{ 12} Respondent, Judge David W. Fais, denied Columbus Southern's motion. Judge Fais determined that although the commission has exclusive jurisdiction over challenges to rates, services, and public-way fees, the relocation costs were not such rates, services, or fees. Judge Fais concluded that "[b]ecause this Court does not find that the portion of [Columbus Southern]'s tariff that addresses the relocation costs is a `rate' or `charge,' the Court finds that the dispute in the instant case over which entity is responsible for the relocation charges is properly before the Court and within its basic jurisdiction."

Prohibition Case

{ 13} In July 2007, Columbus Southern filed this action for a writ of prohibition to prevent Judge Fais from further proceeding in the declaratory-judgment action. Judge Fais filed a motion to dismiss. Reynoldsburg filed a motion to intervene, an answer, and a motion for judgment on the pleadings. Columbus Southern filed a memorandum in opposition. On October 24, we granted an alternative writ. The parties responded with evidence and briefs.

{ 14} This cause is now before the court for our S.Ct.Prac.R. X(5) determination.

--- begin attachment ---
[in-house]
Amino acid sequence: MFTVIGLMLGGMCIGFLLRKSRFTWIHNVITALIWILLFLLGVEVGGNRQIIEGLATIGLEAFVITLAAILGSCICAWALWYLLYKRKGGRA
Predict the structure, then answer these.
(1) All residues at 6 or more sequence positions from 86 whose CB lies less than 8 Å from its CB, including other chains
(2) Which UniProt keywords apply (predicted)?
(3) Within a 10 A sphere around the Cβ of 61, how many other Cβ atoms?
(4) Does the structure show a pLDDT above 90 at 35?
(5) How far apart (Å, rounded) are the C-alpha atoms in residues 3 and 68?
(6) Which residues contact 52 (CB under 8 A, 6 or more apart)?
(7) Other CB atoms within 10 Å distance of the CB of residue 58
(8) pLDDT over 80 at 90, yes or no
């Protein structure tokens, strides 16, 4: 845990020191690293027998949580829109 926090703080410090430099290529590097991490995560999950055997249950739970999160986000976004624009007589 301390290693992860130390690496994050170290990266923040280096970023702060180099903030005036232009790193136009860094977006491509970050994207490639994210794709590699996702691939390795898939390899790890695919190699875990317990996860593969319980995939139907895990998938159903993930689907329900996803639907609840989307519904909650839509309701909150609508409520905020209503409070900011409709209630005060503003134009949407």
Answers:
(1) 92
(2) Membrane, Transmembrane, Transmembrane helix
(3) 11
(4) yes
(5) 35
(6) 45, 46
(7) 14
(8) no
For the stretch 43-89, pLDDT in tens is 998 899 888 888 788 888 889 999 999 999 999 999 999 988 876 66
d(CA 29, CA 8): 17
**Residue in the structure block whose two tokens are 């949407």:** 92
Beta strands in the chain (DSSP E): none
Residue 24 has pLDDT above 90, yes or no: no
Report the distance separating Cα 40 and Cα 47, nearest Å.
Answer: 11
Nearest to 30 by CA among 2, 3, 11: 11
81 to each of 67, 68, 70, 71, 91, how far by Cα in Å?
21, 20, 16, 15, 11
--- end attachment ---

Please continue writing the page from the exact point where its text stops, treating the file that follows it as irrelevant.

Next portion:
Prohibition Claim

{ 15} To be entitled to the requested writ of prohibition, Columbus Southern must establish that (1) Judge Fais is about to exercise judicial power, (2) the exercise of that power is unauthorized by law, and (3) denial of the writ will cause injury for which no other adequate remedy in the ordinary course of law exists. State ex rel. Westlake v. Corrigan, 112 Ohio St.3d 463, 2007-Ohio-375, 860 N.E.2d 1017, 12. Judge Fais has exercised and continues to exercise judicial authority by proceeding in the declaratory judgment case filed by Reynoldsburg.

{ 16} For the remaining requirements, "[i]f a lower court patently and unambiguously lacks jurisdiction to proceed in a cause, prohibition * * * will issue to prevent any future unauthorized exercise of jurisdiction and to correct the results of prior jurisdictionally unauthorized actions." State ex rel. Mayer v. Henson, 97 Ohio St.3d 276, 2002-Ohio-6323, 779 N.E.2d 223, 12; see also State 343*343 ex rel. Russo v. McDonnell, 110 Ohio St.3d 144, 2006-Ohio-3459, 852 N.E.2d 145, 22. "In cases of a patent and unambiguous lack of jurisdiction, the requirement of a lack of an adequate remedy of law need not be proven because the availability of alternate remedies like appeal would be immaterial." State ex rel. State v. Lewis, 99 Ohio St.3d 97, 2003-Ohio-2476, 789 N.E.2d 195, 18.

{ 17} For the following reasons, Columbus Southern has established that Judge Fais patently and unambiguously lacks jurisdiction to proceed in the declaratory-judgment case.